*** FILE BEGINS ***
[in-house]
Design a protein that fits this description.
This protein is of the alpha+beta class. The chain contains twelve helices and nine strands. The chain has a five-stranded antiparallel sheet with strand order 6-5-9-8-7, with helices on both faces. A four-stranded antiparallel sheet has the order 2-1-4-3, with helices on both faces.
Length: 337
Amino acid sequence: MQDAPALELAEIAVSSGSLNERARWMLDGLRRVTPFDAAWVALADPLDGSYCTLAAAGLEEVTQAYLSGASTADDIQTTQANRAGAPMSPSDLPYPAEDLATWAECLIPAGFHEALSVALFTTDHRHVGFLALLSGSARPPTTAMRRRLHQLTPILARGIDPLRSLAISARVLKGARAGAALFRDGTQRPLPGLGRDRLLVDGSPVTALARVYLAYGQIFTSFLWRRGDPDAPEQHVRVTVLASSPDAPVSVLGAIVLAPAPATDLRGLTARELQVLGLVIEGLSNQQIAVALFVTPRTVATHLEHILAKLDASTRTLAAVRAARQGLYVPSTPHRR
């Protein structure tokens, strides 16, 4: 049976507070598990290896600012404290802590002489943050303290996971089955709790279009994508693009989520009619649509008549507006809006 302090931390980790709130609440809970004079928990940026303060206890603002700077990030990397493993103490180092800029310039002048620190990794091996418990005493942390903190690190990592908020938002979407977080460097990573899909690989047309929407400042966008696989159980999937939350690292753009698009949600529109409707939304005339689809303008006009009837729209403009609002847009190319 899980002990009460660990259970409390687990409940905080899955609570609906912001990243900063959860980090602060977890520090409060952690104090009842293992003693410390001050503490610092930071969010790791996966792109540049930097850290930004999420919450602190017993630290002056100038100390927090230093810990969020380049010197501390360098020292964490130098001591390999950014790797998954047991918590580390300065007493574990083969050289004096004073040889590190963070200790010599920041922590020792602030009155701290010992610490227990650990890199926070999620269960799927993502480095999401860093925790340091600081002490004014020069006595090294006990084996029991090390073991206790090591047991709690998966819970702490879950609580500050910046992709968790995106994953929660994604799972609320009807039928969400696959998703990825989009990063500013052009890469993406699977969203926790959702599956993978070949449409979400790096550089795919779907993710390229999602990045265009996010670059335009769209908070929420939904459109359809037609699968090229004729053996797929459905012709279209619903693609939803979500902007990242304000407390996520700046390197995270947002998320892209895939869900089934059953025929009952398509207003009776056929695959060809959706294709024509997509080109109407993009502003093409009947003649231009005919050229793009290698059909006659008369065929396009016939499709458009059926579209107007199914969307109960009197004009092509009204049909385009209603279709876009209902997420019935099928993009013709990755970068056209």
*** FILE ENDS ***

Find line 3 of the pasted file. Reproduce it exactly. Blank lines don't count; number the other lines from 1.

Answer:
This protein is of the alpha+beta class. The chain contains twelve helices and nine strands. The chain has a five-stranded antiparallel sheet with strand order 6-5-9-8-7, with helices on both faces. A four-stranded antiparallel sheet has the order 2-1-4-3, with helices on both faces.